Dancer In The Dark review

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The musical is probably the most maligned movie genre - and justifiably so. Nothing's more irritating than watching someone spontaneously burst into song, then start capering about with total strangers. Everything's false: so crisp and clean, so... damn... choreographed.

So musical-haters should avoid Dancer In The Dark like the Red Death, right? Wrong. Danish writer/ director Lars Von Trier's latest - and, arguably, greatest - pulls off that rare trick of both celebrating a genre and subverting it. And as Selma (Björk) expresses her intense love for Hollywood musicals, we're also encouraged to consider their preposterousness. Her docile, devoted kinda-boyfriend Jeff (Peter Stormare) observes, correctly, that he's never seen anyone burst into song in real life, while Selma herself notes: "In a musical, nothing dreadful happens". In both these senses, Dancer In The Dark is a very different musical.

Yes, there are seven full-blown song and dance numbers, but each is presented as a fantasy conjured purely by Selma. Ingeniously, the transition from real-life to dream is triggered by the an everyday sound - clanking factory machines or the vinyl clickings of a run-off record - which build into the next number. Selma's grainy, video-shot surroundings take on a Technicolor glow, and the harsh, blurred world becomes... A clean, crisp, choreographed song-and-dance.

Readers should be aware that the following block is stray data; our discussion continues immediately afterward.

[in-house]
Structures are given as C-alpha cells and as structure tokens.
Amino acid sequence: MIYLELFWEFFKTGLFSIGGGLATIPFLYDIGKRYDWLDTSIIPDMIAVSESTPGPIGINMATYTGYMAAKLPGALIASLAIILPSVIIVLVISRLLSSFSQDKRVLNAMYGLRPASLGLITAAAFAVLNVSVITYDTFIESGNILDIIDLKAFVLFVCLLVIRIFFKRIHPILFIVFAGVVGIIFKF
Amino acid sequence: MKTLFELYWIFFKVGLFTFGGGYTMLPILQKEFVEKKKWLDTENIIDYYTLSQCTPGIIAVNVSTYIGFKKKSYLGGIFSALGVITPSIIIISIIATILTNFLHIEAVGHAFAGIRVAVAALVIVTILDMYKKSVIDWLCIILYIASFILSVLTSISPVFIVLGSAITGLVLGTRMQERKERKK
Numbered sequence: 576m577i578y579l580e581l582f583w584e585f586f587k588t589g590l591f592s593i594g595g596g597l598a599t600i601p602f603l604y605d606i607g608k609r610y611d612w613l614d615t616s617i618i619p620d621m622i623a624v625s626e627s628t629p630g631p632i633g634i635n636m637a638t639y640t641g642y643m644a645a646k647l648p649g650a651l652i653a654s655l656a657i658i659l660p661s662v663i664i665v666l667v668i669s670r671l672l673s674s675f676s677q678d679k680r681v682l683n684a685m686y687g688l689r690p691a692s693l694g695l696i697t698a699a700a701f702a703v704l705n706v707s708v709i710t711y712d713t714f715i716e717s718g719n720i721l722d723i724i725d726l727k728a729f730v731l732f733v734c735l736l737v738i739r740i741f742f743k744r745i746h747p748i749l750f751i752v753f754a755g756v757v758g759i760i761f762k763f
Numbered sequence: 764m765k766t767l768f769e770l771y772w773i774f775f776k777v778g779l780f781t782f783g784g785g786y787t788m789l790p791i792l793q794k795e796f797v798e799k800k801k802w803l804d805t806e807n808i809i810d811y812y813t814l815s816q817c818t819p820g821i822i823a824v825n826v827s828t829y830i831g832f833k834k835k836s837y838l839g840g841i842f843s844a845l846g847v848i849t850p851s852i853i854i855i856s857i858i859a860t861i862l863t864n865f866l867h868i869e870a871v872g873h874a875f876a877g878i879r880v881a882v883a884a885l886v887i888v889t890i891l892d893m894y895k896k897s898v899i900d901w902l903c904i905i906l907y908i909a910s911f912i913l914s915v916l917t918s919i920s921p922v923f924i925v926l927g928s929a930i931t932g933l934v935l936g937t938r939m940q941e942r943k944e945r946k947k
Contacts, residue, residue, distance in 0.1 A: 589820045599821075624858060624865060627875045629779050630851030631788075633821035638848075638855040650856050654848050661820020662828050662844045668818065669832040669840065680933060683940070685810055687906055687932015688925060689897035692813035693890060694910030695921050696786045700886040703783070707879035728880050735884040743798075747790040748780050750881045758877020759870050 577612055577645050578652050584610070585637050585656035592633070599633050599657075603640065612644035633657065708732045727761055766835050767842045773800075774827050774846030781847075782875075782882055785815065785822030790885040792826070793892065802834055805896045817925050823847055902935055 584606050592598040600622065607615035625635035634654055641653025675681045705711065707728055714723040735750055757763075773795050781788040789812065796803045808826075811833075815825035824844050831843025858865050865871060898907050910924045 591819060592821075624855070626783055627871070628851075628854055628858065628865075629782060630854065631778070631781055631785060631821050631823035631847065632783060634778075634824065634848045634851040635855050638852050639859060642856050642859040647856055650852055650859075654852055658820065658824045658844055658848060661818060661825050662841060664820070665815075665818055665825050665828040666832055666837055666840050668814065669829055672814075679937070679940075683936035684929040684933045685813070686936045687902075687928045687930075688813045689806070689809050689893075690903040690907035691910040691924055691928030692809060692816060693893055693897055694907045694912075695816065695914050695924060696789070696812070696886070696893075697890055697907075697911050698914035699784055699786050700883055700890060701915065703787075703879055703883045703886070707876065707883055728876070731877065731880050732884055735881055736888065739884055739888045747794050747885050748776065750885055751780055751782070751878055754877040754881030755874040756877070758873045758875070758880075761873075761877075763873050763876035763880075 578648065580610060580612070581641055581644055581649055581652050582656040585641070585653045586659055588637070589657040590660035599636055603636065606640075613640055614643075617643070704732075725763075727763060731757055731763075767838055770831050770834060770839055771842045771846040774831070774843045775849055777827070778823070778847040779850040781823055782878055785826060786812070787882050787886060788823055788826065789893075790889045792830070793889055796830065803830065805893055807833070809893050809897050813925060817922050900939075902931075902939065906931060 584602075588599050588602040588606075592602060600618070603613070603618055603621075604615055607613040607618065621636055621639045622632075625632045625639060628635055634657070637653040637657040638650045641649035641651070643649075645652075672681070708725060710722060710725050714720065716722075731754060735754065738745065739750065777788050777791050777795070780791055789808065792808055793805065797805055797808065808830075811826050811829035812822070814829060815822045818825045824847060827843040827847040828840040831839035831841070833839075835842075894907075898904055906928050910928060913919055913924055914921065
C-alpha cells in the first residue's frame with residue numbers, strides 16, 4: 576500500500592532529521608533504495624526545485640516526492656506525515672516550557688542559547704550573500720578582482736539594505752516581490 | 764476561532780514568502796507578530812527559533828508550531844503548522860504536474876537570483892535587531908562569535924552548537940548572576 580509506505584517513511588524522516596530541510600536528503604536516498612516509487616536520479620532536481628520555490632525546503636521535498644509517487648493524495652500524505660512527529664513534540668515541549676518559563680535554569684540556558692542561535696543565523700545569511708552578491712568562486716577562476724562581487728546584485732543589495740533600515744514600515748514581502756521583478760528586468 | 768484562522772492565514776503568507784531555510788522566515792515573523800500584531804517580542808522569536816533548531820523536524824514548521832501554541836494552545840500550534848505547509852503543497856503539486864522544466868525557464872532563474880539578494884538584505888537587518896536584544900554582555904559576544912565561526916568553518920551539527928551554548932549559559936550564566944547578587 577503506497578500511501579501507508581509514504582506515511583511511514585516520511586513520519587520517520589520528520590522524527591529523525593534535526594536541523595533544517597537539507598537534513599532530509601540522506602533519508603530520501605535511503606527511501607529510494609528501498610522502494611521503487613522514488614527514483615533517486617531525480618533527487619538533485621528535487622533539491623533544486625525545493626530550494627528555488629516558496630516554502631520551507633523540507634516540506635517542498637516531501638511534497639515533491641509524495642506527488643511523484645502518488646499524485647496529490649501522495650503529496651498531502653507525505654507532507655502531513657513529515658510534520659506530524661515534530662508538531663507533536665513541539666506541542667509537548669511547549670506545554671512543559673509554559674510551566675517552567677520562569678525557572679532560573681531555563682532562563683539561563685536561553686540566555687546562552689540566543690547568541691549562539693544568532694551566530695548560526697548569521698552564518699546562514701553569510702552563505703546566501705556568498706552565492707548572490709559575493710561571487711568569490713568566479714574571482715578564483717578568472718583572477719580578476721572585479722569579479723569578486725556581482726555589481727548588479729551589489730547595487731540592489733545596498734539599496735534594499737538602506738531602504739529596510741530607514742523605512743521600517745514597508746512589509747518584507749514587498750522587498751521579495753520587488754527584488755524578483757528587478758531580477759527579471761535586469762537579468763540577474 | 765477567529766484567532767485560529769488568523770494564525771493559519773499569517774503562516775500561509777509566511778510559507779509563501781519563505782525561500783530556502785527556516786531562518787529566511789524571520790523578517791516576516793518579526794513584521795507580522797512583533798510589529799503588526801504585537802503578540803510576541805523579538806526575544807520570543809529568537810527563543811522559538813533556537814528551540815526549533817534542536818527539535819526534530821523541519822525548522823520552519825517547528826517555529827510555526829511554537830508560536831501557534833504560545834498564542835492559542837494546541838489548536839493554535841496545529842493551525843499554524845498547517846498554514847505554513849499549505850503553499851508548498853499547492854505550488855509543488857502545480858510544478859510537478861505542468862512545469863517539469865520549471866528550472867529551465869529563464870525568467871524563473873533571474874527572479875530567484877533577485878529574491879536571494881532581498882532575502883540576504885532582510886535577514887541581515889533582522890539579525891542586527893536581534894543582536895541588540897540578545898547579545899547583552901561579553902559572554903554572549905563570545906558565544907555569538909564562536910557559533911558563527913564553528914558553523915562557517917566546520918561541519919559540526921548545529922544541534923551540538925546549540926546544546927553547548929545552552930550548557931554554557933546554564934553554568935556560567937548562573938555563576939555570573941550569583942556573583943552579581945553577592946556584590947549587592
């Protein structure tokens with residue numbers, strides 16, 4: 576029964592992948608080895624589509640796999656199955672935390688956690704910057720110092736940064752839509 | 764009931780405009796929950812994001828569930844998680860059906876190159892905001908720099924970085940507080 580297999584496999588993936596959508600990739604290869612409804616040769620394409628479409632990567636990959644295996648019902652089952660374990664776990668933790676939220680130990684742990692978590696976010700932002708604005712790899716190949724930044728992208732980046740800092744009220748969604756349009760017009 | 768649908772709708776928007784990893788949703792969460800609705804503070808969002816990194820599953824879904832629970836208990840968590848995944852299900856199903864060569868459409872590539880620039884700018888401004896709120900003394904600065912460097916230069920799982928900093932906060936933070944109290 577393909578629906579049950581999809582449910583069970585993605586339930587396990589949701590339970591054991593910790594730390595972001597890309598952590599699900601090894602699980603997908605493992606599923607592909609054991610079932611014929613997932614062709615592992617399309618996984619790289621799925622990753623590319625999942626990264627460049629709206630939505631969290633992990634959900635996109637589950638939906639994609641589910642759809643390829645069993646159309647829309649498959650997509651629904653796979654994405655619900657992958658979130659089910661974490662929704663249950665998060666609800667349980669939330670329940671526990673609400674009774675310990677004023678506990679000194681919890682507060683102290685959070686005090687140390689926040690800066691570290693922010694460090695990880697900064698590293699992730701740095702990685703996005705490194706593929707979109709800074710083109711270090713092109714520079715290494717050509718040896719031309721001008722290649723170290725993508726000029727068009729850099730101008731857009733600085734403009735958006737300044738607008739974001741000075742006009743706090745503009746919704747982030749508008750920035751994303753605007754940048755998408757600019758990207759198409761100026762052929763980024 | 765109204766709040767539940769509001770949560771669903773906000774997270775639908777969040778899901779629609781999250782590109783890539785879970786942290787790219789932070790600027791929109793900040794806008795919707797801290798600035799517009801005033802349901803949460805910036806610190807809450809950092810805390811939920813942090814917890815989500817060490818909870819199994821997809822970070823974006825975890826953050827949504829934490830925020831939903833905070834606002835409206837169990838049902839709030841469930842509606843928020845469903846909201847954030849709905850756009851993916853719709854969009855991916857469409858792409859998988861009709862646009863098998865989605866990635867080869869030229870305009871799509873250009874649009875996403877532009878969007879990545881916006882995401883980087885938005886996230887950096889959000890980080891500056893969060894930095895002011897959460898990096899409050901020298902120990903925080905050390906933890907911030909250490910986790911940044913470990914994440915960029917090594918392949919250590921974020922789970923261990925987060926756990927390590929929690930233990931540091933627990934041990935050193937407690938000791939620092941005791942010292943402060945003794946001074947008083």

And what songs! Each tune perfectly retains composer (and reluctant lead) Björk's engagingly offbeat style, while slotting into the mood of the film without a single spark of friction.

As for nothing dreadful happening, Dancer In The Dark simply oozes dread, as Selma's world becomes ever more threatening. We know her eyesight is failing, so every day in the factory is an accident waiting to happen, while her neighbour and friend, Bill (David Morse), becomes ever more untrustworthy. It's important to realise that Dancer is both a melodrama and a tragedy, and it's this, as much as the music, which will divide audiences. Either you let it carry you away, or resist and dismiss it as over-the-top nonsense.

But, trust us, it's worth giving two hours of your life up to Von Trier and Björk. The former has turned in his most expectation-confounding work yet, while the latter proves that she is capable of profound emotional malleability, moulding a performance that is warm, heart-breaking and harrowing. Chances are, this'll be the most involving and traumatic cinema experience of your year.

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